113 MacKenzie Avenue
Tel: +1 250 837 2360
Big Eddy Inn
2108 Big Eddy Road
Tel: +1 250 837 9072
Canyon Motor Inn
1911 Fraser Drive
Tel: +1 250 837 5221
Claudio's Pizza and Pasta Parlour
204 Mackenzie Avenue
Tel: +1 250 837 6743
Chalet Bakery and Deli
555 Victoria Road
Tel: +1 250 837 4556
205 Mackenzie Ave
Tel: +1 250 837 4772
The Modern Bakeshop Cafe
112 Mackenzie Avenue
Tel: +1 250 837 6886
The Revelstoke Forum has an ice skating rink with curling facility attached.
With the vast expanse of the Selkirk and Columbia Mountains and huge amounts of snowfall, there is a sizeable culture of snowmobiling in Revelstoke. Great Canadian Snow Mobile Tours offer vehicle and equipment rentals, single and multi-day guided trips and accommodation packages. For more information contact [email protected] or 1-877-837-9594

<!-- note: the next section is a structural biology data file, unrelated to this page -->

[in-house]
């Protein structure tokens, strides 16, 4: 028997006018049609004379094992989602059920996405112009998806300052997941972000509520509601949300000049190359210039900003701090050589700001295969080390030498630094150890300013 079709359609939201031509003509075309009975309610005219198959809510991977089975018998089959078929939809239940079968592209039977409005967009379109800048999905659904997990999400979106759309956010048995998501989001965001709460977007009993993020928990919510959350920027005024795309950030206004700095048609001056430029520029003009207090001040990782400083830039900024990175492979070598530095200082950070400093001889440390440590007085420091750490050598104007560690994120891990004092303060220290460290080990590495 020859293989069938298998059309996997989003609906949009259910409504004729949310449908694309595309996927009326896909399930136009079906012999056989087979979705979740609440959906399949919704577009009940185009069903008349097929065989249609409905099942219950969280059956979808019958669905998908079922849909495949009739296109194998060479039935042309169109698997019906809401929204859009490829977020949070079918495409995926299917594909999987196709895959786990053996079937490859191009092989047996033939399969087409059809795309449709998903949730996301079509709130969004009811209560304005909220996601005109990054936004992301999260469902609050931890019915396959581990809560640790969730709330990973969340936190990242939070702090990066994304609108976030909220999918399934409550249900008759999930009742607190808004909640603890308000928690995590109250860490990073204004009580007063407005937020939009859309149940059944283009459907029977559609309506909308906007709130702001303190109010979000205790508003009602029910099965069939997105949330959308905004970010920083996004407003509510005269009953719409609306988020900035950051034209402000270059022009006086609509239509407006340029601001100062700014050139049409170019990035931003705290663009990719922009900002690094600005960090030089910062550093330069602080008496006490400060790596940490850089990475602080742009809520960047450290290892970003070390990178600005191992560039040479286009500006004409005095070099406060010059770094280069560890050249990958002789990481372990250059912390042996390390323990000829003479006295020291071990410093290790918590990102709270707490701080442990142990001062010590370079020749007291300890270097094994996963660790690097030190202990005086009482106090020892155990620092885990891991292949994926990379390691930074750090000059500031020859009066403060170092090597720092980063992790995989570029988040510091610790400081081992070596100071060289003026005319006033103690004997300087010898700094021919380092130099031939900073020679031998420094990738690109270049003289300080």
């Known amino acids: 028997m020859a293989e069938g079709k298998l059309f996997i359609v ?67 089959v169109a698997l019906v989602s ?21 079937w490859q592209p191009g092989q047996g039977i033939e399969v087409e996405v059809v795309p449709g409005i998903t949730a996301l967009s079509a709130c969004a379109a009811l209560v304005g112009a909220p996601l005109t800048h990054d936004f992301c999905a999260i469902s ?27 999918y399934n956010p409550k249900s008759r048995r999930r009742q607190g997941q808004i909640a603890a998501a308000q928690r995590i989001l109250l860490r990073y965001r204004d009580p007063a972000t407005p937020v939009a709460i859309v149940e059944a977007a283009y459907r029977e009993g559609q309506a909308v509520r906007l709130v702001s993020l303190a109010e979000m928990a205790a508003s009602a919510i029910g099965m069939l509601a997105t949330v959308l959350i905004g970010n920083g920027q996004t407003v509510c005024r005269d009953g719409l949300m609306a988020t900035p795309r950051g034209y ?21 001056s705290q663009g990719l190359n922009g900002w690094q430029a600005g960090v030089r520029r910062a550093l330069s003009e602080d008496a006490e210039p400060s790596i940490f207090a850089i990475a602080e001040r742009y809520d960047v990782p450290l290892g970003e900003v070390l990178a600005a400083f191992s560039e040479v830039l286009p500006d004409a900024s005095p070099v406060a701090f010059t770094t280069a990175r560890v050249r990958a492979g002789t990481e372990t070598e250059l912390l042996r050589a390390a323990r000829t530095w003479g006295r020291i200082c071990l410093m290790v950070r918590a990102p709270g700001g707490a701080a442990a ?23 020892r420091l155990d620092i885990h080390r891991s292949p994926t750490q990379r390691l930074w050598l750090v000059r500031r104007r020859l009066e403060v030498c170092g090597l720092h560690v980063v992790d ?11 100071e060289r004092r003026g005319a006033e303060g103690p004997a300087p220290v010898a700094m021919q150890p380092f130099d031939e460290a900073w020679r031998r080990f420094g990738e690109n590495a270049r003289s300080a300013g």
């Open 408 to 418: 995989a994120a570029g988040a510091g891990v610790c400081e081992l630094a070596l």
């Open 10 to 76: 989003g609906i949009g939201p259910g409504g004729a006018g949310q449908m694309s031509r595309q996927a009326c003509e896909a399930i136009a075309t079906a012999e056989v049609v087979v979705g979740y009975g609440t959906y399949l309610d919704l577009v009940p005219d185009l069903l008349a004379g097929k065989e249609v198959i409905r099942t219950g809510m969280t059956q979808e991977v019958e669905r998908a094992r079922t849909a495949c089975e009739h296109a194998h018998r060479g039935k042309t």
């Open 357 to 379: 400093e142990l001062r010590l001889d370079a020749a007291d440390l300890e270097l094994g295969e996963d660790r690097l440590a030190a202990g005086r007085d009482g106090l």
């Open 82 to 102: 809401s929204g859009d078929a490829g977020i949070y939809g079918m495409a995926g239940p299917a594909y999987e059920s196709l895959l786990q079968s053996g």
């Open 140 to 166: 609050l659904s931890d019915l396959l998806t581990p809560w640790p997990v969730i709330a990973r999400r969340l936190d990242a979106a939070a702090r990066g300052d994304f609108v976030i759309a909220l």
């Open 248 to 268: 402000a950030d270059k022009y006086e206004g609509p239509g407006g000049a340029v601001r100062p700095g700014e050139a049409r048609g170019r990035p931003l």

Revelstoke is the home of the Canadian Avalanche Association (CAA). Courses in avalanche awareness and operations run out of Revelstoke and numerous other resorts in British Columbia. If you are new to the area and plan touring without a guide make sure you stop into the office and take advantage of all the necessary resources.
If you're looking for some time off the snow the Revelstoke Aquatic Centre has a 25m lap pool and a play area for families.
For a relaxing change year round you can visit Halycon Hotsprings Resort, 68km south of Revelstoke. Facilities include four mineral pools, wellness treatments, accommodation and dining.
If you are into historic sites, the Revelstoke Museum and Archives and the Railway Museum give an insight to the frontier heritage of this town.
In the summer a whole new set of activities becomes available including hiking around glaciers in the national parks, golfing at the Revelstoke Golf Club (est. 1924), zip lining at Sky Trek Adventure Park, mountain biking, kayaking, climbing and fishing.